Command & Conquer: Red Alert 3 was released on October 28, 2008. This game not only features the traditional Soviet and Allies factions, but also a new one, the Empire of the Rising Sun, based on hybrid of futuristic and Imperialistic Japan. The Soviet Union, realizing it was losing the war, decides to go back in time using a time machine to kill off Albert Einstein who was key to the Allies' technological supremacy. The newly resulting parallel universe has the Allies in decline with the Soviets still going strong. The Soviets at first believe their plan was a total success, when suddenly the Empire of the Rising Sun emerges on the global stage to embark on a campaign for world domination, beginning an new three-way war.
Command & Conquer: Red Alert 3: Uprising
A stand-alone expansion for Red Alert 3, Command & Conquer: Red Alert 3: Uprising, takes place after the canon Allies victory, and features new units, four mini campaigns (one for each of the three factions and a fourth focused on the Rising Sun's hero unit, Yuriko Omega), as well as an extensive and difficult Commander's Challenge mode.
Unrelated to the fictional universes of the rest of the C&C franchise, the Generals series focuses on a global conflict in the near future in which the US, China, and fictional terrorist organization GLA (Global Liberation Army) duke it out for global supremacy. Lying somewhere between the sci-fi self-seriousness of the Tiberian games and the totally ridiculous alternate history of the Red Alert series, Generals carved out its own humorous niche as a kind of exaggerated parody of the current real world. It was the first C&C game to feature an experience system, whereby the players collect points over the course of a match that can be spent on special powers and upgrades that persist for that match only. Generals is also the first full 3D Command and Conquer game, as previous ones used either sprites or voxels.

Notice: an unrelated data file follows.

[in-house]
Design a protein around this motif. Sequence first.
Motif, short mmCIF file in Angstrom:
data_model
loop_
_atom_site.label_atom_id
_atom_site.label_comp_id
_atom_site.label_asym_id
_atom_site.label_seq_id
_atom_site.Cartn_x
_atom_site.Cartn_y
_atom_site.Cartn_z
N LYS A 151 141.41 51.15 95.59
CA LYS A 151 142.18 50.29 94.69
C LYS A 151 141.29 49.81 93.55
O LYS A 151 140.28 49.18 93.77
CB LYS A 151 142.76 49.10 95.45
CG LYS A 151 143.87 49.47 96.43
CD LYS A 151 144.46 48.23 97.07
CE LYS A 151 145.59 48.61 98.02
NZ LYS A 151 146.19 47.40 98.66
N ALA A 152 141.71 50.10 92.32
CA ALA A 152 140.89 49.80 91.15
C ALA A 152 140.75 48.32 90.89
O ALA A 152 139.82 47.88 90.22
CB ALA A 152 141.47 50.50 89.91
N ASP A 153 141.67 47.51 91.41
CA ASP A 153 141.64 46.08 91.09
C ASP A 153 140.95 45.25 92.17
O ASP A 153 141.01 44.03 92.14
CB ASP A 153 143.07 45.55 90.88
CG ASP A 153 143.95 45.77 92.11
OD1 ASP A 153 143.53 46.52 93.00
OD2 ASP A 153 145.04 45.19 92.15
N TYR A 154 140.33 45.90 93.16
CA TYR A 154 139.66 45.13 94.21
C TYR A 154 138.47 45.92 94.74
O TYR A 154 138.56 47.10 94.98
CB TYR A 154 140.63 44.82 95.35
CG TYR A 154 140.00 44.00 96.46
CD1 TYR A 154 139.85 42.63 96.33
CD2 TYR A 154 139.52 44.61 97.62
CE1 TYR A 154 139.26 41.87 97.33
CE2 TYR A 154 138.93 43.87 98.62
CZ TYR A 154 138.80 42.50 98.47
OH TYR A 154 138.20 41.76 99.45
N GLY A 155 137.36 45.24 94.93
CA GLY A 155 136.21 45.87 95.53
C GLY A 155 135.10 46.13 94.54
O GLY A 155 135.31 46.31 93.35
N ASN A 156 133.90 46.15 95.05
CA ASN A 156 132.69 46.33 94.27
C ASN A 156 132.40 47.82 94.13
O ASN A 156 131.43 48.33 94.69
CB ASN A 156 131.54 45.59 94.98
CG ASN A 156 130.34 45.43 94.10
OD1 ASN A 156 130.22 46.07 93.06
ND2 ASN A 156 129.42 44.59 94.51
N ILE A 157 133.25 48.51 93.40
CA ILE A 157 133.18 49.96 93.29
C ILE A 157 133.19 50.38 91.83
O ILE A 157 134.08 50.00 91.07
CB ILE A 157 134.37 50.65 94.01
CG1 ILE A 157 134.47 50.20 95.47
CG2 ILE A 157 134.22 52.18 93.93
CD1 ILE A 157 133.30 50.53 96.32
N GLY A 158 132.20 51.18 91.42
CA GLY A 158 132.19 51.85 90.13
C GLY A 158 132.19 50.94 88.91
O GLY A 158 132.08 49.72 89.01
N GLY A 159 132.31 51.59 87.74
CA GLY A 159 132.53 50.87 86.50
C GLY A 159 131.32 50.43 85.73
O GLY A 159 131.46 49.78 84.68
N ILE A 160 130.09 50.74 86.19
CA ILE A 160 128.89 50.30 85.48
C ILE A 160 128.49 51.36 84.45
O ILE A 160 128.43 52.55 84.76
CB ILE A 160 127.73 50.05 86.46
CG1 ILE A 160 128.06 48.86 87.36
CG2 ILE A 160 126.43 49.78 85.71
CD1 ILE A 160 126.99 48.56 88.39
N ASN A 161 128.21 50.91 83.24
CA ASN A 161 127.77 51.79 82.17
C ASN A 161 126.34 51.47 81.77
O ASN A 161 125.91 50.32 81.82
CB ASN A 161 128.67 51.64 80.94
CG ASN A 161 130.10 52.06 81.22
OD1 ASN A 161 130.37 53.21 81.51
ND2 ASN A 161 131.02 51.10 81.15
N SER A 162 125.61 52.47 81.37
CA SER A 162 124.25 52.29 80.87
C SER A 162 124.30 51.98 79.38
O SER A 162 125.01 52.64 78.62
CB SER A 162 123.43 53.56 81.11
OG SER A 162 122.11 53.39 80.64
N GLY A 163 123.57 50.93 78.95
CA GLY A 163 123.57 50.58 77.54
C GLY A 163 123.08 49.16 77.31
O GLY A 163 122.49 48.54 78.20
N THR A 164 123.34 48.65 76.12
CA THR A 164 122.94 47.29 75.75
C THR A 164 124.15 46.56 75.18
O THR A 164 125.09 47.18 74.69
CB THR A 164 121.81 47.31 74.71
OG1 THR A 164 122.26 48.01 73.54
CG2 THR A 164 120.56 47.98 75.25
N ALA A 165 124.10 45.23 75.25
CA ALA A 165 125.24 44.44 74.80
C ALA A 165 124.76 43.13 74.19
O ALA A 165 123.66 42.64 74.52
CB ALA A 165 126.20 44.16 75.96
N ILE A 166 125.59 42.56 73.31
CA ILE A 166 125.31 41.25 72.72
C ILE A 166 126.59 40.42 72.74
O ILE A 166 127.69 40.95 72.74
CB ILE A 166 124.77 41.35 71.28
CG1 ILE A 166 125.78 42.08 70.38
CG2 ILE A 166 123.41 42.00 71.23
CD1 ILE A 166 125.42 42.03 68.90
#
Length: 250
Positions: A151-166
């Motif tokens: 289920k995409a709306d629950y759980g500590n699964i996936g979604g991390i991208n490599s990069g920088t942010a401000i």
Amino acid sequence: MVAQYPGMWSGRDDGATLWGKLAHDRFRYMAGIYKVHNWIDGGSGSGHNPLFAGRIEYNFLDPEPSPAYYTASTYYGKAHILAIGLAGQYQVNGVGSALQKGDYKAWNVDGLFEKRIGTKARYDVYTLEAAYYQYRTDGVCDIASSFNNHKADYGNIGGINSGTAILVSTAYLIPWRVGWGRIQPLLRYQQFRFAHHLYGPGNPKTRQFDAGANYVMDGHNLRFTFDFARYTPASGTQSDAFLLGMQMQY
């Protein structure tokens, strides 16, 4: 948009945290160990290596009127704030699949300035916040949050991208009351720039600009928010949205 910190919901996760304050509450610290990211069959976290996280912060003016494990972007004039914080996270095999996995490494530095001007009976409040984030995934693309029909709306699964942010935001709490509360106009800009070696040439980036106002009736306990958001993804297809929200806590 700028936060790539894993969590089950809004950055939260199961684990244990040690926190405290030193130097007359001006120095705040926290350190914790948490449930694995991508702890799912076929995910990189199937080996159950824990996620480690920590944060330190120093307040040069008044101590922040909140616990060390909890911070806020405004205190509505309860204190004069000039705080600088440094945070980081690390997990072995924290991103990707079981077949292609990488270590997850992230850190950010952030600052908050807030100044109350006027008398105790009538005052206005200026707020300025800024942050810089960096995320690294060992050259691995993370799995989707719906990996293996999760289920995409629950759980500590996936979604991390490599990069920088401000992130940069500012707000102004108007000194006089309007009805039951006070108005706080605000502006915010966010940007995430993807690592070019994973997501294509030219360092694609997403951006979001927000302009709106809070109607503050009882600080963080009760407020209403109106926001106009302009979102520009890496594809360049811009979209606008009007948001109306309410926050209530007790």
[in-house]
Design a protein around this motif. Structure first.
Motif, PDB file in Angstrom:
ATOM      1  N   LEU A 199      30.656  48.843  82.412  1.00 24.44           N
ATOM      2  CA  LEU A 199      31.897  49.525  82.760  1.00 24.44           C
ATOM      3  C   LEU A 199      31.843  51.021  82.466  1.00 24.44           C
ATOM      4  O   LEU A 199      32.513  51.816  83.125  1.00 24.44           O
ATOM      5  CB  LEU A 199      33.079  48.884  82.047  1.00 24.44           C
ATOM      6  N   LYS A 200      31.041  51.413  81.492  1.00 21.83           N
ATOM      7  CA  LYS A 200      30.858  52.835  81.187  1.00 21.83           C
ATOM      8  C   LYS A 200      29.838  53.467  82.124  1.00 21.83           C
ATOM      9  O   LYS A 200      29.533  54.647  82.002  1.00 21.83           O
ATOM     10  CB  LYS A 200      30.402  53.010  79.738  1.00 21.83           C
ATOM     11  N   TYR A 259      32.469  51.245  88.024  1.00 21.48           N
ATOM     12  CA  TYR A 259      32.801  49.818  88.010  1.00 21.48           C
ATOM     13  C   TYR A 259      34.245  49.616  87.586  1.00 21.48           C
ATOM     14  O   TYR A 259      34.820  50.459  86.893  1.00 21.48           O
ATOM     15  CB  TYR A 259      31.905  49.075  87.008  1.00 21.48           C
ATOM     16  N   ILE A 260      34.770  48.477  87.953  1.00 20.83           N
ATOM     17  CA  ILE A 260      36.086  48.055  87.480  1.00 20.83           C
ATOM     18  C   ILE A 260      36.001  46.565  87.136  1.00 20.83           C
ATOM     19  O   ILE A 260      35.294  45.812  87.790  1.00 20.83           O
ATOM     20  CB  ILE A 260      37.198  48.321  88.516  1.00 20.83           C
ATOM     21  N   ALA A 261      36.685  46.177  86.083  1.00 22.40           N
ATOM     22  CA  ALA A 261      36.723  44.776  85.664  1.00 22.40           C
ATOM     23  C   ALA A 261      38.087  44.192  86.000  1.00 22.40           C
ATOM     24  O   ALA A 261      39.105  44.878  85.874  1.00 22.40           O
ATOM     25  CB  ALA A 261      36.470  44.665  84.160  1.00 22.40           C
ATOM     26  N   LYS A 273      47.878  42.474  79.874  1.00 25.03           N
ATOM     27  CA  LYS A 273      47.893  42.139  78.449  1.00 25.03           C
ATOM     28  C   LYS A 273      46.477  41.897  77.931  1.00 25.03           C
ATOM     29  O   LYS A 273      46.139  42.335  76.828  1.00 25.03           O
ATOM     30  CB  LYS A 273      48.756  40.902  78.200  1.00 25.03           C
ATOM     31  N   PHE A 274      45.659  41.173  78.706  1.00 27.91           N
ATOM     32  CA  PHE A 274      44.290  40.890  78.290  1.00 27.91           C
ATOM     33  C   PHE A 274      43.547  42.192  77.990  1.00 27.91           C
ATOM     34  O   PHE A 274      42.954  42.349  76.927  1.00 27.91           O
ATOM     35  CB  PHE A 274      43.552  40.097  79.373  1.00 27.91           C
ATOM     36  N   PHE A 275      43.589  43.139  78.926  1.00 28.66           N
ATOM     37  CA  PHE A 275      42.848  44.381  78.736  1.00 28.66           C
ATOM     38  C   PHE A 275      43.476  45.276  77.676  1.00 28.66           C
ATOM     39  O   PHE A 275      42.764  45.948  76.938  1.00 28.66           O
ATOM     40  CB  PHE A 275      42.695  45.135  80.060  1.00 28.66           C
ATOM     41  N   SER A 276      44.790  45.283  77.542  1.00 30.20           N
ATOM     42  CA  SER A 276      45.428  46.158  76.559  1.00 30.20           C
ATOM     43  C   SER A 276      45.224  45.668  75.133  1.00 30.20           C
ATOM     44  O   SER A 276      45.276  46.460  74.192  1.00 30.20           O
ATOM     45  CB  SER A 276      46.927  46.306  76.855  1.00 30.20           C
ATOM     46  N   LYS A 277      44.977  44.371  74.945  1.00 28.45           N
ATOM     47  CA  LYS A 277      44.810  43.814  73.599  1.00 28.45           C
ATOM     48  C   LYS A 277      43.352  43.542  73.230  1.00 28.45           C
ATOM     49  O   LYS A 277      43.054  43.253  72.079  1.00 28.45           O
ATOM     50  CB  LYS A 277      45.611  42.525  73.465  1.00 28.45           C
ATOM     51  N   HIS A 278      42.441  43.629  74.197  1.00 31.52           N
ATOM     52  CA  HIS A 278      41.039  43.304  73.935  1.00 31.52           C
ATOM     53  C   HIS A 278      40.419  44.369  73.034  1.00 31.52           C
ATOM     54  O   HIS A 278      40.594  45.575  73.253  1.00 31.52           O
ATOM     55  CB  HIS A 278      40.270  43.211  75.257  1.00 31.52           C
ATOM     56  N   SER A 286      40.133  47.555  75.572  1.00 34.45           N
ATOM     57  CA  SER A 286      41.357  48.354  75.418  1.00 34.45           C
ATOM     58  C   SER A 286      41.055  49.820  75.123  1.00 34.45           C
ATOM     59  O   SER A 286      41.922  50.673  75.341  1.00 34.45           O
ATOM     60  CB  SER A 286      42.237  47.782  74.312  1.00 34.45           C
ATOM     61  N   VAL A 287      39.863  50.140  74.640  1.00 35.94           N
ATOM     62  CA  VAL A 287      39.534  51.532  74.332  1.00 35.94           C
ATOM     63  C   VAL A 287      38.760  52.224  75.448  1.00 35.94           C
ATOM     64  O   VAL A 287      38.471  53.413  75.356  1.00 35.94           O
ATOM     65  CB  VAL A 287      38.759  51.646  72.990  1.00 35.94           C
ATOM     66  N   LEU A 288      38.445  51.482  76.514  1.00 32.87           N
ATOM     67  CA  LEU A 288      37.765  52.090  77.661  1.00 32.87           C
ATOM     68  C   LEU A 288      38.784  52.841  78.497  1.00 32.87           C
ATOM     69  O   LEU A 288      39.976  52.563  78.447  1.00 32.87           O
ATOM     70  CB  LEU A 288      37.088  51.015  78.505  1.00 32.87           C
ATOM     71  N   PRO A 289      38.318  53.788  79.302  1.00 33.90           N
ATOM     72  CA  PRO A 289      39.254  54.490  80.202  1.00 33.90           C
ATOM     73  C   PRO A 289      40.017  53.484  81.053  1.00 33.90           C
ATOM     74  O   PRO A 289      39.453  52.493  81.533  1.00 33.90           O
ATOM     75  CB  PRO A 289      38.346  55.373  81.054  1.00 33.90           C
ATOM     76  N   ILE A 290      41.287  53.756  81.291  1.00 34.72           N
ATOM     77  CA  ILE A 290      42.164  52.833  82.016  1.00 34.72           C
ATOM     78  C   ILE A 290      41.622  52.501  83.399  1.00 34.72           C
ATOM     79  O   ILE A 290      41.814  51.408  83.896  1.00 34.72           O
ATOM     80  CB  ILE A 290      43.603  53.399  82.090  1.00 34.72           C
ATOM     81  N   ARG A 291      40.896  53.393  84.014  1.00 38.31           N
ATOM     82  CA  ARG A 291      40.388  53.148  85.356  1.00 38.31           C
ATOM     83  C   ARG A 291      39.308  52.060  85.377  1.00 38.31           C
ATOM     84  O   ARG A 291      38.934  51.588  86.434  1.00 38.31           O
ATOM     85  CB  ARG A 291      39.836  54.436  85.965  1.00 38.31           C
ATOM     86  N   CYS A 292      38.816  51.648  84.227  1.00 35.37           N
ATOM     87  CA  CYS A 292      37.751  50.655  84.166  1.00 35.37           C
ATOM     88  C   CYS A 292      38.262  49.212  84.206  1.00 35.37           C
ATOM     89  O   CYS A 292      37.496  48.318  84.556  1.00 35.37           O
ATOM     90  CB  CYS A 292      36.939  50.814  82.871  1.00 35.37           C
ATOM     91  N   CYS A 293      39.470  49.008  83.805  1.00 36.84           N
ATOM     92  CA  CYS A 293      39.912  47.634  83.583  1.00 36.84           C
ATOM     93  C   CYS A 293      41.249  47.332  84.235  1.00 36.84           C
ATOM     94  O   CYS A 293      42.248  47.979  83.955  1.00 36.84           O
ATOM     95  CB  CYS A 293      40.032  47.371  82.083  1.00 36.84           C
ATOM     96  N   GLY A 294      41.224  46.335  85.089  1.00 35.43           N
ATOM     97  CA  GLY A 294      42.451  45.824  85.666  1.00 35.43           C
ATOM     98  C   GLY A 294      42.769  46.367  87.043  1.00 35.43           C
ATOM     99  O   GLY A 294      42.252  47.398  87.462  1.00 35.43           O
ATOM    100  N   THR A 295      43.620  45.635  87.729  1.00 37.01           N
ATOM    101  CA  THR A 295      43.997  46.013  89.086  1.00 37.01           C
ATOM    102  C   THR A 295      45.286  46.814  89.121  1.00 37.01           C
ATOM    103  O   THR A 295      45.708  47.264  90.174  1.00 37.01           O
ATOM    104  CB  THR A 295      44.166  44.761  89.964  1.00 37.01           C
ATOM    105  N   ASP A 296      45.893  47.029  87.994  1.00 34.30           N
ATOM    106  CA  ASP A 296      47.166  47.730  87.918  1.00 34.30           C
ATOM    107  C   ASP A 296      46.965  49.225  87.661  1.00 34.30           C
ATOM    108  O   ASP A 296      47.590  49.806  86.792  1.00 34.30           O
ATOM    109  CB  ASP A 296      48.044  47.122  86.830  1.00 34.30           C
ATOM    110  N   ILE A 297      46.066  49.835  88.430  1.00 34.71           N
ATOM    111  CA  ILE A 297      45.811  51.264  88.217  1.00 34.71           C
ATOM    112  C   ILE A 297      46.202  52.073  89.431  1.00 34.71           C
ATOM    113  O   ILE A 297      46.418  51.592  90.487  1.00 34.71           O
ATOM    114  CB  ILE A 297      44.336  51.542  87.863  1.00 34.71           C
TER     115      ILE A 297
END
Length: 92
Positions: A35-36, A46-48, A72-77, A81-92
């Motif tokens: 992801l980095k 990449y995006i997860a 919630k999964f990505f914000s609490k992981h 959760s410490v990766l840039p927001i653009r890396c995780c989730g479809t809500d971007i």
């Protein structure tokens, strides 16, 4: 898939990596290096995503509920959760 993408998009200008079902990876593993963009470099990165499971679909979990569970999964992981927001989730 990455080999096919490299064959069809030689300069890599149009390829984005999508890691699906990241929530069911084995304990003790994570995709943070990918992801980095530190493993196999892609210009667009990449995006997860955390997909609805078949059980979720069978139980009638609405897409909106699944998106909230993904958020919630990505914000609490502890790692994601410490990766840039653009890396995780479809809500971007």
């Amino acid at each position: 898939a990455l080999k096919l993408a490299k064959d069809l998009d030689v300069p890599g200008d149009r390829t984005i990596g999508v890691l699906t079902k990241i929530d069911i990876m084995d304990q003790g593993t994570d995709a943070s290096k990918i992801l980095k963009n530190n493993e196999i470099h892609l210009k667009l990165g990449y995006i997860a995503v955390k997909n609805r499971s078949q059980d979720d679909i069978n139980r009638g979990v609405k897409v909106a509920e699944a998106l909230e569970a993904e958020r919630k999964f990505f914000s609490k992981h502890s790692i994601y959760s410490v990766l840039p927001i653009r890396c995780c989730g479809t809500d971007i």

Command & Conquer: Generals
Command & Conquer: Generals was released in 2003 and depicts a near future war featuring allied China and USA against the terrorist organization Global Liberation Army (GLA).
Command & Conquer: Generals - Zero Hour
Command & Conquer: Generals - Zero Hour is the expansion for the original Command & Conquer: Generals, also released in 2003, and includes new campaign missions, multiplayer maps, specialized subfactions for each of the existing 3 factions, and a General's Challenge mode, in which the player faces each of the new subfactions as personified by an FMV actor who would taunt and react to the player while the player battled them.
Command & Conquer
Command & Conquer was a free-to-play sequel to Command & Conquer: Generals being made by Victory Games. It was originally announced as Command & Conquer: Generals 2 at the 2011 Spike TV Video Game Awards. In 2012, EA announced that the game had been renamed Command & Conquer, although it will still be set in the Generals universe. It was planned to be free-to-play, run on the Frostbite 2 engine, have three playable factions, and focus on multiplayer with no singleplayer campaigns. Originally scheduled to launch in 2013, the game was cancelled on Oct 29, 2013, after receiving overwhelmingly negative feedback from players of the closed alpha. The statement that announced the cancellation said, "Your feedback from the alpha trial is clear: We are not making the game you want to play." The development studio, Victory Games, was shut down the same day.